Customer relationship management (CRM) was around long before mobility became the norm, but now it’s becoming a necessity for CRM applications to offer mobile capabilities. After all, who is on the go more than sales people?
"The major CRM vendors have recognized that mobility is a key trend affecting their industries," says Ben Dickie, a research analyst at Info-Tech Research Group. "As smartphone and tablet adoption have skyrocketed, major players like Salesforce.com and Microsoft have been adding mobile CRM applications at a rapid clip."
A complementary trend to mobility is the burgeoning popularity of social media. More and more organizations are leveraging social media for business purposes, and CRM vendors are incorporating social media listening and management capabilities into their offerings as well.
"Microsoft Dynamics CRM has rich social connectors, and last year Salesforce.com acquired Radian6, a top social media management vendor, adding it into its portfolio under the Marketing Cloud banner," says Dickie. "Companies looking for a CRM vendor with strong mobile support need to challenge those vendors to demonstrate built-in social media management feature sets in their mobile apps."
Enterprise Apps Today picked some expert brains to find applications and platforms that are transforming how CRM is being delivered to mobile devices. Here are 10 top picks to keep your eyes on:
touch.salesforce.com: By far the leader in mobile CRM right now is Salesforce.com, thanks to its significant investments in touch-enabled mobile apps over the last 18 months. "The platform uses device-agnostic HTML5 to provide access to Sales Cloud, and also serves as an extensible platform for organizations to build and deploy their own apps," says Dickie. He adds that as device fragmentation continues (Android, iOS, Windows Phone 8), more enterprises are expressing interest in mobile solutions based on HTML5 rather than native mobile applications.
SAP 360: "Mobility is central to SAP’s strategy," says Rebecca Wettemann, VP of research at Nucleus Research. SAP 360 leverages SAP’s technology, including the in-memory database HANA and enterprise social networking software Jam, Wettemann says. In fact, by selecting HANA as a "platform of choice," SAP is making headway in building its customer management and interaction capabilities, she says.
Yammer: Microsoft’s $1.2 billion acquisition of this enterprise social network has had its critics. However, the software giant is pushing for full integration with its Office Suite by the end of next year, which means that by the close of 2013 Microsoft will be well-established on the cloud, with architectural changes providing big support for mobility.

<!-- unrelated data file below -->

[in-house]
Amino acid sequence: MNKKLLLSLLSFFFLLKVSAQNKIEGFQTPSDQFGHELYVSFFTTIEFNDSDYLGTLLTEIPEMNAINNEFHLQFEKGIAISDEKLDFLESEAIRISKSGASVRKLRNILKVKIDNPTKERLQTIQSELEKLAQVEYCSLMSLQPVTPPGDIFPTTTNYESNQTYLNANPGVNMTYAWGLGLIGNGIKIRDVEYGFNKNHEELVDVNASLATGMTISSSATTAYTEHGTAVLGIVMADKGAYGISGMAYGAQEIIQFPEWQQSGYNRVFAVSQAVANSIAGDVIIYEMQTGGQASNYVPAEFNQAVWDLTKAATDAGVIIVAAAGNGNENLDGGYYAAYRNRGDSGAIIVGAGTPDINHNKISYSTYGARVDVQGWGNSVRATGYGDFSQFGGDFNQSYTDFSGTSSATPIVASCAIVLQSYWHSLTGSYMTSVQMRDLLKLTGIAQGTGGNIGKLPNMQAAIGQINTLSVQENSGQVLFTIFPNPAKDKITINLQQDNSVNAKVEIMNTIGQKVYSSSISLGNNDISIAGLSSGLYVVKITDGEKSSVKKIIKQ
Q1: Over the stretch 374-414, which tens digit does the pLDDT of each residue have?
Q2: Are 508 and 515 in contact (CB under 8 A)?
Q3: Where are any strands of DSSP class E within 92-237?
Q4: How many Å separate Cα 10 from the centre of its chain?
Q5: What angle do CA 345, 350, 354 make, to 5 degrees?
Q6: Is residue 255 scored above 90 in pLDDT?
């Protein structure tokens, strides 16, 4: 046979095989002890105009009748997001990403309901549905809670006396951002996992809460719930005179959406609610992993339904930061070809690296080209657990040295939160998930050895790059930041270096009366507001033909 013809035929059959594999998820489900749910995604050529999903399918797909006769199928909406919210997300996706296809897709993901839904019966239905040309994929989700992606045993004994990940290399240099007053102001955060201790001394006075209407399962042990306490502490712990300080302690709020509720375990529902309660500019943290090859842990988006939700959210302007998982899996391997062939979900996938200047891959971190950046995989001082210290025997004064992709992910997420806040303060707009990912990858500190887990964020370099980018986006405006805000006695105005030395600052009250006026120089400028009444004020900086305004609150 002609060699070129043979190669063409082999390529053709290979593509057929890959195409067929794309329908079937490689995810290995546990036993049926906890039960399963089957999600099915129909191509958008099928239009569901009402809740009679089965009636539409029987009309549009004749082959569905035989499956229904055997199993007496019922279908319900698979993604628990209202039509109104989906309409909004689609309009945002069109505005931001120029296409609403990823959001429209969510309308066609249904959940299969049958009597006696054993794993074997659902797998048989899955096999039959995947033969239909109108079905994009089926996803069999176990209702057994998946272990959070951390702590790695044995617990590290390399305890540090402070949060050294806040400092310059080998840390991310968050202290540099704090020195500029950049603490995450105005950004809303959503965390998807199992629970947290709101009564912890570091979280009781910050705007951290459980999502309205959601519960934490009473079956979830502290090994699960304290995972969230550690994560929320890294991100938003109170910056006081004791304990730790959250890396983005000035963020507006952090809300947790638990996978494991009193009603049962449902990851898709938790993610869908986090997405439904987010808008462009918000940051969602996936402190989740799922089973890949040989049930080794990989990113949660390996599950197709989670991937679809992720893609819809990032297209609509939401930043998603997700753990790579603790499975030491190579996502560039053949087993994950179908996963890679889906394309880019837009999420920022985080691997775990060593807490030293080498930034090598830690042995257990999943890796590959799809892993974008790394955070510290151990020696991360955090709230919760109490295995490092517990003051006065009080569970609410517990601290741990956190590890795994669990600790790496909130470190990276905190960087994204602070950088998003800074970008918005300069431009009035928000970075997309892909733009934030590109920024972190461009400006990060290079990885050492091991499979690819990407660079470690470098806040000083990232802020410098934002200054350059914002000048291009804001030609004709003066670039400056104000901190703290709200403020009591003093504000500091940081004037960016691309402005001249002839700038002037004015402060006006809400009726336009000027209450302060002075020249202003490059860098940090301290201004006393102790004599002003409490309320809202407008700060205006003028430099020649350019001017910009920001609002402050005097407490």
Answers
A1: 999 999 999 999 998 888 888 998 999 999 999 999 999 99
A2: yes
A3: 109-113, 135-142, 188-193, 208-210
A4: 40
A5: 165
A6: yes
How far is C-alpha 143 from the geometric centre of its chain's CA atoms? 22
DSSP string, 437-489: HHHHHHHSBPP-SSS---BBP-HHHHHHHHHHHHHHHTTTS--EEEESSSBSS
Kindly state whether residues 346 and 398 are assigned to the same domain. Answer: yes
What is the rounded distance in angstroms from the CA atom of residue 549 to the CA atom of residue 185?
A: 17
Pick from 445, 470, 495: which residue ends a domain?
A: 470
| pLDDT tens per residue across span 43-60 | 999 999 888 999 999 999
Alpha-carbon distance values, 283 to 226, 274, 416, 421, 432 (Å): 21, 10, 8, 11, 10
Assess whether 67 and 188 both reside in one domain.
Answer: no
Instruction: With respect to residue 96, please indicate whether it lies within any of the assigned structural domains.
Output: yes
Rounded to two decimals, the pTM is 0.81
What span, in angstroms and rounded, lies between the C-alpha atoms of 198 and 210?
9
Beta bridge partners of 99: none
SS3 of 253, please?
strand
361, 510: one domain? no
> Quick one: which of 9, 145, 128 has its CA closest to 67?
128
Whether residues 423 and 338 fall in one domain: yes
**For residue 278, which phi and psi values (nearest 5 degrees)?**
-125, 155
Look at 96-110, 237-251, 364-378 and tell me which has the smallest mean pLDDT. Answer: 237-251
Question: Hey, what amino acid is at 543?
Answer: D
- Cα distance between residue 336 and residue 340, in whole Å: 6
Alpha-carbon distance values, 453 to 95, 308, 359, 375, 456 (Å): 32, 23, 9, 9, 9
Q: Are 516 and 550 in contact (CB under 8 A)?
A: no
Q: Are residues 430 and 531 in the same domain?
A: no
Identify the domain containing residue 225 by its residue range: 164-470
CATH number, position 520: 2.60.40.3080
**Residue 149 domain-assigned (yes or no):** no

Oracle CRM On Demand: Oracle – along with Microsoft, SAP, and Salesforce.com – is one of the four leaders in this space. The company has significantly streamlined the user experience. Now, applications can be customized without having to write code, and it is much easier to add custom fields and labels, as well as objects.
"In some ways, mobile becomes an artifact of the collision of the cloud, social media, and analytics," says Nigel Wallis, a research director in Application solutions at research firm International Data Corporation (IDC). "Oracle’s acquisition of RightNow (which allows people to resolve customer issues from any device) would indicate how much the major players care about this area."
Active Endpoints: "We're seeing development platforms like Active Endpoints that end-users can use to adjust mobile app inputs on the fly to enable companies to make their CRM much more tailored to their specific sales situation," says Wettemann from Nucleus. "This includes using it to drive specific sales coaching practices."
Dropbox: "For file sharing Box is used by more corporate users than Dropbox, but Dropbox has more users overall," says Ed Thompson, a vice president and distinguished analyst with Gartner Research. "That said, usage is mostly on laptops or tablets, not mobile phones." Now the race is on for the two content-sharing leaders to take charge in the mobile space.
coresuite: Developed by coresystems, a Swiss company, the coresuite mobile sales app is a popular tool for updating information on contracts, products, and inventory. Specifically, direct order processing on a mobile device facilitates more rapid contract closings.
Hive: This mobile CRM app for iOS and Android is from San Francisco-based DoubleDutch. It uses location-based and behavioral information to support a sales team. This is a context-based CRM application that integrates with a Salesforce.com account, and links with NetSuite and Microsoft Dynamics are planned.
Kpi.com: Kpi.com offers a cloud-based software suite that includes CRM capabilities for mobile devices. It integrates project management, HRMS, and financials so that contacts can be moved through the complete sales cycle – and all from an iPhone or Android device.
A graduate of McGill University, Timothy Wilson joined IDC Canada in Toronto as a research analyst in 1997. In 2000, he began T Wilson Associates and continued to consult for research companies, as well as working directly with large vendors such as Microsoft and SAP. Throughout his career Timothy has contributed to the IT, trade and mainstream press. He has lived and worked in Latin America and is proficient in Spanish. For his non-fiction writing, Timothy has received a first place CBC Literary Award and a Gold National Magazine Award.